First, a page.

KINGSPORT — What would be a more appropriate to do at the December Kingsport school board meeting than honor the Jackson Elementary School student who won the school system’s Christmas card art contest this year?
Of course there also were other early Christmas presents in student stockings: a Dobyns-Bennett High School senior who recently learned he scored a perfect ACT score and national accolades for the Sevier Middle School student newspaper. In addition, the school board got to here stories told by Kennedy Elementary School Student Ambassadors.
WHO WAS THE CHRISTMAS CARD ART WINNER?
The Board of Education Tuesday night, Dec. 10, honored Karma DiGiaimo, first-grader at Jackson Elementary School, for being selected the 2019 Kingsport City Schools Christmas card artwork winner. Karma is in Paige Trent’s art class at Jackson and the daughter of Victoria DiGiaimo. Her art is on the card the school system sent out this year.
Superintendent of Schools Jeff Moorhouse, who presented her a framed certificate and her artwork, along with a stack of the Christmas cards, said Karma’s art work was among more than 100 submissions, chosen from the best art submitted from all Kingsport elementary schools.
WHO GOT A PERFECT ACT?
Kendrick Tate, a senior at D-B, was honored by the board and board President Carrie Upshaw for scoring a perfect 36 composite score on the college entrance exam.
His top score, the third in the graduating class of 2020 at D-B, came on his sixth taking of the ACT plus a practice ACT test in the seventh grade on which he scored a composite of 24. He said he started to have the goal of a perfect score around the end of his sophomore year. The test measures English, math, reading and science each on a score of 1 to 36. A student’s composite score is an average of the four tests, meaning Kendrick scored perfect in all four section.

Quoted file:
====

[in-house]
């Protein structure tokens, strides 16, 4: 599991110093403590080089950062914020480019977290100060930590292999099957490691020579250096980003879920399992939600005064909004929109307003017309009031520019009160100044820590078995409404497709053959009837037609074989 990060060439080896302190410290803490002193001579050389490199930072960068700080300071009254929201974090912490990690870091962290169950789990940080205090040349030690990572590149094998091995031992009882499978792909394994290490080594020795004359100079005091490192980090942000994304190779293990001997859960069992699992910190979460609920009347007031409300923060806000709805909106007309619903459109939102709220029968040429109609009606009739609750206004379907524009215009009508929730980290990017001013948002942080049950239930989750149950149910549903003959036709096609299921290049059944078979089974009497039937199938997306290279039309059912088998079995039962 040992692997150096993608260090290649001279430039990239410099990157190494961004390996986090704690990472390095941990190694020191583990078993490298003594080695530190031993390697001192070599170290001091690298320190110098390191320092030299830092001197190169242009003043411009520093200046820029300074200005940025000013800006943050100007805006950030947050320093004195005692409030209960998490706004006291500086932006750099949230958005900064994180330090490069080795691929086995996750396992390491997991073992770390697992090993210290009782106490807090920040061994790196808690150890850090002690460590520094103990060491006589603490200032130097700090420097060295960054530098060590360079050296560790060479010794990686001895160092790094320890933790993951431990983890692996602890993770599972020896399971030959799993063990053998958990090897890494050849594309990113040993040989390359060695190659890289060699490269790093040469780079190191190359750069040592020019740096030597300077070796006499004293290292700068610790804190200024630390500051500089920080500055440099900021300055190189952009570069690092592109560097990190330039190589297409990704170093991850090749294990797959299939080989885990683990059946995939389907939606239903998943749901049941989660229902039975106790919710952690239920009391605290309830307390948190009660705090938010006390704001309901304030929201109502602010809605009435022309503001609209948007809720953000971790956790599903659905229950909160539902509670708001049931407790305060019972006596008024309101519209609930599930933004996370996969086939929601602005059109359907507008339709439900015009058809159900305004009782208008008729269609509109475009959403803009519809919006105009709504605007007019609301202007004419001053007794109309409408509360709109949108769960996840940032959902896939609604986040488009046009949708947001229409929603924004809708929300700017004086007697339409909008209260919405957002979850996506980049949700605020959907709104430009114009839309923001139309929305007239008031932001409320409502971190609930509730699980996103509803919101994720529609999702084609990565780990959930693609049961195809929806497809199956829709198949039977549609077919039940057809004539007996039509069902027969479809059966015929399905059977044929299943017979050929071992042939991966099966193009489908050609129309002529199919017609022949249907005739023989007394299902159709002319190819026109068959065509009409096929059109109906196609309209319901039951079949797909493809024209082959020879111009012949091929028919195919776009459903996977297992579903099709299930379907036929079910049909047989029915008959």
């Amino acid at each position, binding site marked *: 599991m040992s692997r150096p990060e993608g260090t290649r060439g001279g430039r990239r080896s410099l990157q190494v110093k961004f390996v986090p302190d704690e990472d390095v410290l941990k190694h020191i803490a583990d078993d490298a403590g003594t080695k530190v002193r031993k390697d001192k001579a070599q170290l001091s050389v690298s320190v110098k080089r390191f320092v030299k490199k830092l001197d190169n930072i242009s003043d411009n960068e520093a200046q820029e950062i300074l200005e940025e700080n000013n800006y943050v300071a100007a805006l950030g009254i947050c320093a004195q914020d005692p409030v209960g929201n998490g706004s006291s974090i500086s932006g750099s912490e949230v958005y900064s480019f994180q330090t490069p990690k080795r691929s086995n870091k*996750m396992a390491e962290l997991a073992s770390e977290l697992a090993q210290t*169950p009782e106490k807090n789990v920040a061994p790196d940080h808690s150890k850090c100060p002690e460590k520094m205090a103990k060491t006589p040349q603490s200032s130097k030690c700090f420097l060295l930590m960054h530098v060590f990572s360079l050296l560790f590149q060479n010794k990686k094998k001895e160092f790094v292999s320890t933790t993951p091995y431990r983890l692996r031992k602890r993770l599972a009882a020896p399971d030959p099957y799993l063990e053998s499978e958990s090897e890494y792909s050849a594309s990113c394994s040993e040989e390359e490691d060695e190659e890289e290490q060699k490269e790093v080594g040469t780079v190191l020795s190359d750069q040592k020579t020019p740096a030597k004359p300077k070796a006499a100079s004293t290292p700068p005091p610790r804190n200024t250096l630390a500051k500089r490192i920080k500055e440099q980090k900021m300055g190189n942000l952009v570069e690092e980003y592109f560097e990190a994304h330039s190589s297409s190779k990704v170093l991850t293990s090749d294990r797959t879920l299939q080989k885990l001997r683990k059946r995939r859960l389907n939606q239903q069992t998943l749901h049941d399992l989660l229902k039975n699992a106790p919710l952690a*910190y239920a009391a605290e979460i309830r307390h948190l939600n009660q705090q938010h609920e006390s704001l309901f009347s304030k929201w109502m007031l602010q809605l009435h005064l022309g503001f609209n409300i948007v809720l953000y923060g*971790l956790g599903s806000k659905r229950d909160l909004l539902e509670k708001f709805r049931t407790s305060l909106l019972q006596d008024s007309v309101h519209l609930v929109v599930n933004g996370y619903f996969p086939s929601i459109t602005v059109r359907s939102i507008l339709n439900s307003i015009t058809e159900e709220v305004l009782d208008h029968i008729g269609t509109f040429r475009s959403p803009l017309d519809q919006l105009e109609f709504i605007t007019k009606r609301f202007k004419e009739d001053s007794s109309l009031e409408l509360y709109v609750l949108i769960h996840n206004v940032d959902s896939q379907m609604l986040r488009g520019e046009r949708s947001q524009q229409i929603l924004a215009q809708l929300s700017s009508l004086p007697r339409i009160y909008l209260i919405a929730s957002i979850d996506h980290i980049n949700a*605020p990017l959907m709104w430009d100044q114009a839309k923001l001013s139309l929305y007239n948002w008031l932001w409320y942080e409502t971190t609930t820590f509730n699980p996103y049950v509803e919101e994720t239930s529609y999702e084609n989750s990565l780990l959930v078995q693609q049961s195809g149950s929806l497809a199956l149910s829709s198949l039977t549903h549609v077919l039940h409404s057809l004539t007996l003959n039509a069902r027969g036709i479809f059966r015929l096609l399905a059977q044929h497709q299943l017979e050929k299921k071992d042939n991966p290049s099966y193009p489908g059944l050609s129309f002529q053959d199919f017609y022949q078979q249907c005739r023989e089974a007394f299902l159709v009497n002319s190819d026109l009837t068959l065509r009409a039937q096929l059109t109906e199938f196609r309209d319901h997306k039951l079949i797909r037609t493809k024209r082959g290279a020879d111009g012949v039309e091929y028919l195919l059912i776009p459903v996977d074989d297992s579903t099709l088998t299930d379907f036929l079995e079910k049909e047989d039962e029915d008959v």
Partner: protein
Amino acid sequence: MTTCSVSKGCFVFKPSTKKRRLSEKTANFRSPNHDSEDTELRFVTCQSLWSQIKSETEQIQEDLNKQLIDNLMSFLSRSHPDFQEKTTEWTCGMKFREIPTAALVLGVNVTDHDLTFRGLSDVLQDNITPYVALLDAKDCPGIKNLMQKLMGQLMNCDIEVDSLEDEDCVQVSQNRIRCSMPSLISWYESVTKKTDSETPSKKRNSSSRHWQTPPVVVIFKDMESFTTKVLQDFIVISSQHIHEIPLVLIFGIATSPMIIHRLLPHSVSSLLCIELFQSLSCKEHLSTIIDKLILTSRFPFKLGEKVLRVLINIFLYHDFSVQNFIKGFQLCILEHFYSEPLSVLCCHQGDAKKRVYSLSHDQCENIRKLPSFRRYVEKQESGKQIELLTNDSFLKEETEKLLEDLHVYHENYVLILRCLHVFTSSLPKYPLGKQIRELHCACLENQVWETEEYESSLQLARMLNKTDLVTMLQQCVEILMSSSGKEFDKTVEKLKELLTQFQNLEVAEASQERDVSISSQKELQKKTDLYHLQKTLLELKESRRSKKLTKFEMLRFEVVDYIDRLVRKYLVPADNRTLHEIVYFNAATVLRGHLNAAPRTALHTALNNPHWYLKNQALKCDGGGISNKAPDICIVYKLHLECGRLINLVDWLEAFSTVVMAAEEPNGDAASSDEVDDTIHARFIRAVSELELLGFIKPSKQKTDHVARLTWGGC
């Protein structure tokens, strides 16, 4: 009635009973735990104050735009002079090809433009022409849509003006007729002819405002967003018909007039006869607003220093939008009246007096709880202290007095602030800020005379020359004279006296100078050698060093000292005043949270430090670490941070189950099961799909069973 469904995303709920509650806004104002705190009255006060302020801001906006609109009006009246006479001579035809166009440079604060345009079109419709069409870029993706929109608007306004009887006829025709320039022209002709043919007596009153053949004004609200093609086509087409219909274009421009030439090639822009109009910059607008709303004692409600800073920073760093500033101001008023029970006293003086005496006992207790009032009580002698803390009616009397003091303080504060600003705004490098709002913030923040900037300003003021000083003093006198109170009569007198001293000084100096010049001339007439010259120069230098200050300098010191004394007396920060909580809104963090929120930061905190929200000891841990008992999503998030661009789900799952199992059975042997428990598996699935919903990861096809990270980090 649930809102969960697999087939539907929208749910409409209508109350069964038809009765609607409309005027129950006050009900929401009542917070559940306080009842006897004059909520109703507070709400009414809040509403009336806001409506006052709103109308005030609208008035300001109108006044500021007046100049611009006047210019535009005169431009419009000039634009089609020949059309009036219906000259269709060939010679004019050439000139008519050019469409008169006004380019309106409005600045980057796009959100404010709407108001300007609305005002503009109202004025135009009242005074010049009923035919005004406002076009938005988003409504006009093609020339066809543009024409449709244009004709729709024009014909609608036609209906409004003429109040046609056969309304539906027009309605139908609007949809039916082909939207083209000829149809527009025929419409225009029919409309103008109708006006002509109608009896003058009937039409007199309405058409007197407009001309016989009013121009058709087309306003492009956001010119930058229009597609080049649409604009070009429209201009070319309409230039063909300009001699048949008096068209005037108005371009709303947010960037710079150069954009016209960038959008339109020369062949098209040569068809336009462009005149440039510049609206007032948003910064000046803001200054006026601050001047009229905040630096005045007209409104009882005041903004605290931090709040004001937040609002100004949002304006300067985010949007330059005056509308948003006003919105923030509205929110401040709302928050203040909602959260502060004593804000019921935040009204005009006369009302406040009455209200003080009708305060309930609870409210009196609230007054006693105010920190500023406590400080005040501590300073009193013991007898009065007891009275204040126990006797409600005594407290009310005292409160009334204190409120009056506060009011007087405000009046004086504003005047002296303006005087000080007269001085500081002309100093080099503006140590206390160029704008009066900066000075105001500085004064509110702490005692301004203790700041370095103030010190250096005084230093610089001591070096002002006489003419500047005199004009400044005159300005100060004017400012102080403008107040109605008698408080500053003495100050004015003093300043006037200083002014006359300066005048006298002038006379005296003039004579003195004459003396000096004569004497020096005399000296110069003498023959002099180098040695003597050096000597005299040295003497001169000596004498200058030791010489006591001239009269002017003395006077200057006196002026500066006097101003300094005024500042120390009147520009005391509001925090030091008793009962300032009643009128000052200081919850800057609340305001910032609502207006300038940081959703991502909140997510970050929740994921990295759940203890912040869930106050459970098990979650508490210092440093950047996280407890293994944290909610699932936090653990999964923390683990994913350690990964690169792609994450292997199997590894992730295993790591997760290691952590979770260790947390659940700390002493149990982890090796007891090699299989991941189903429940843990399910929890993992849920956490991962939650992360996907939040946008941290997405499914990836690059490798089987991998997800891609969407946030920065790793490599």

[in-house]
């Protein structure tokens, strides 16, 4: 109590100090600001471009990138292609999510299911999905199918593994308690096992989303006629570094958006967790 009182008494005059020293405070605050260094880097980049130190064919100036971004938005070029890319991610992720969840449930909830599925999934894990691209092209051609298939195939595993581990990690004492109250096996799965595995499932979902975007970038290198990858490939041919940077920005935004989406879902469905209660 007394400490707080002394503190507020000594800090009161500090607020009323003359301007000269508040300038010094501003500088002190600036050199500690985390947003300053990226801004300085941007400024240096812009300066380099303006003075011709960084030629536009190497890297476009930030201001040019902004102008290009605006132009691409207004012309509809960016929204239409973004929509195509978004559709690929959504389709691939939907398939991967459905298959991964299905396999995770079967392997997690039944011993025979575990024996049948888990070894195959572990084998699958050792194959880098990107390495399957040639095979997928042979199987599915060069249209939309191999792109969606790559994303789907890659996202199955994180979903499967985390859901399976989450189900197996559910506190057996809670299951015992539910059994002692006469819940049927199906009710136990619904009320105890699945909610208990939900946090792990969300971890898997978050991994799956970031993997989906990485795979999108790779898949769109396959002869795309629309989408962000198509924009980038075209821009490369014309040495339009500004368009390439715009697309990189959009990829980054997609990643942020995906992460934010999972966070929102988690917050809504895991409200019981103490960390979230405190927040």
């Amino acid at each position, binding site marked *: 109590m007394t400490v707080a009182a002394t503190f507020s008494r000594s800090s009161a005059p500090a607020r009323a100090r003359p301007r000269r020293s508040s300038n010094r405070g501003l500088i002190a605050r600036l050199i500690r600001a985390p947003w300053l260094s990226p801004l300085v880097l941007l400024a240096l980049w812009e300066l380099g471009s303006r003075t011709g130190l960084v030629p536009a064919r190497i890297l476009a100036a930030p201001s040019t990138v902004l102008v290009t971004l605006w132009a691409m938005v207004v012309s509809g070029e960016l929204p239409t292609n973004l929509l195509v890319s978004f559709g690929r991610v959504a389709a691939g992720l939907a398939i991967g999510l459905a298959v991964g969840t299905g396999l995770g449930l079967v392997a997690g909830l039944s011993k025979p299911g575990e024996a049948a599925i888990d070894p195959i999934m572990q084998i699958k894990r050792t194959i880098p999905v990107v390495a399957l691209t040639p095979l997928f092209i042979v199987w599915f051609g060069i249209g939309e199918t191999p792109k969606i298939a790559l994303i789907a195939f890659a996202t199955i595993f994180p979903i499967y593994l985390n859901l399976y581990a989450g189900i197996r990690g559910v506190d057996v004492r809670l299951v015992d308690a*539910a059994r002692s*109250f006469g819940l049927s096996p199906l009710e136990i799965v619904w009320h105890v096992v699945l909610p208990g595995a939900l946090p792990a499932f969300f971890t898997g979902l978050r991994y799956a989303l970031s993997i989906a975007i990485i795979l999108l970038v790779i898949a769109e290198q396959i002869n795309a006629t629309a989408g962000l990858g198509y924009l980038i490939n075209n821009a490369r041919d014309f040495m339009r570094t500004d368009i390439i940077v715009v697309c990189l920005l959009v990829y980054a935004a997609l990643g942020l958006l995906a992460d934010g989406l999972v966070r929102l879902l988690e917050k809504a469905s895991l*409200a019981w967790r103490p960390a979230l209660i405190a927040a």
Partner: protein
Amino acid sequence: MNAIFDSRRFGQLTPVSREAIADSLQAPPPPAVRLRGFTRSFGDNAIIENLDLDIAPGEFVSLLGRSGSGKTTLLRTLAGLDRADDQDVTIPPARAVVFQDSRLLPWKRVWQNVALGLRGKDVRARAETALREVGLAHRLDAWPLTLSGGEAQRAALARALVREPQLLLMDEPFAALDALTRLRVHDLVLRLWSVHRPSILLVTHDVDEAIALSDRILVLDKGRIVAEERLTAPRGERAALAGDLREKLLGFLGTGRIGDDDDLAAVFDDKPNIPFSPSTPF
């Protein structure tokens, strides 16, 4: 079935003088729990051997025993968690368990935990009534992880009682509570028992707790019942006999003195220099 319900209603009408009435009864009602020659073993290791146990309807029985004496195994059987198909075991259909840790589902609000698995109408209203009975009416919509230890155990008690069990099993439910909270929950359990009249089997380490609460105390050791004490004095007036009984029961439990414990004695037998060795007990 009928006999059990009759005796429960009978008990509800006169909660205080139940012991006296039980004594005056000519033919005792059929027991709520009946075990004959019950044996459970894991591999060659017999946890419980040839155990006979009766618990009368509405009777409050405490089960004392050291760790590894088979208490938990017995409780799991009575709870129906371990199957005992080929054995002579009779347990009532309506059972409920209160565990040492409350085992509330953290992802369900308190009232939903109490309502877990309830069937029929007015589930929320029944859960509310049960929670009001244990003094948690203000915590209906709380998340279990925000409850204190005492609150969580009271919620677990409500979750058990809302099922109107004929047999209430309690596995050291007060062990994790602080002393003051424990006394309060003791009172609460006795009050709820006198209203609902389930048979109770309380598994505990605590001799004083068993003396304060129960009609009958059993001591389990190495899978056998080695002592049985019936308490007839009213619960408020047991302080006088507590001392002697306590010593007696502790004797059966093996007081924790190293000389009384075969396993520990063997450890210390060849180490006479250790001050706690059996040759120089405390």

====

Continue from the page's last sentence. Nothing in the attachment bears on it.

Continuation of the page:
“It was more just taking it as many times as I could and getting practice in,” said Kendrick, son of Tonya and Brian Tate. His dad is an assistant principal at D-B. Kendrick said that his English classes at D-B helped bring up his English score and that Advanced Placement statistics helped bring up his math scores.
He plans to attend either Michigan or Alabama and major in either mechanical or biomedical engineering, although he said he hadn’t ruled out other schools quite yet. His father after the meeting said Kendrick had a Harvard University interview last week, scores a 30 as a freshman, 32 as a sophomore and a 34 as a junior before getting the 36 as a senior.
WHAT WAS THE STUDENT AMBASSADORS PRESENTATION?
The Kennedy Elementary School ambassadors gave a presentation to the board about their leadership group, open to students in grades K-5 at the school where Janice Irvin is principal. They talked about everything from the construction and groundbreaking on the new playground to various after-school clubs and activities and at the end gave two Kennedy Coyotes “howl” for the board.
Other activities include a talent show, implementation of the HOWL (H is for helping others, O is for overcoming challenges, W is a willingness to learn and L is leading with respect) student expectations, the Kennedy Dribblers and Kennedy Kudos, where student accomplishments are recognized.
Board President Carrie Upshaw congratulated the students on their public speaking skills. Members are Isaiah Franklin, Kaelyn Murray, Brayden Steele, Isabell Nelson, Addi Broady, Pablo Rutledge, Aiden Ramey, Raelyn Price, Dominic Nelson, Noah Petrisko, Preslie Adams and Madelyne Blair. Leo Deleon was a member but didn’t attend the meeting.
WHAT WERE THE SEVIER NEWSPAPER NATIONAL ACCOLADES?
The Sequoyah Scribe, Sevier Middle’s student newspaper, and sponsor David Flanary were honored by board member Julie Byers and the board for winning the national Pacemaker Award, presented recently in Washington, D.C. by the National High School Journalism Convention.
The Scribe was the only middle school in that nation to get the honor and the only school of any level to win in Tennessee. It won the national award in 2014 and was a finalists in 2017, 2018 and 2019.
In addition, Olivia Fleming, now a freshman at D-B, was honored for her work with the Scribe last year. Her story, titled “Vaping becomes a dangerous trend among teens,” won second place “Story of the Year” in the middle school category, and her “Neonatal abstinence syndrome is affecting more Tennessee babies” won an honorable mention in the same category.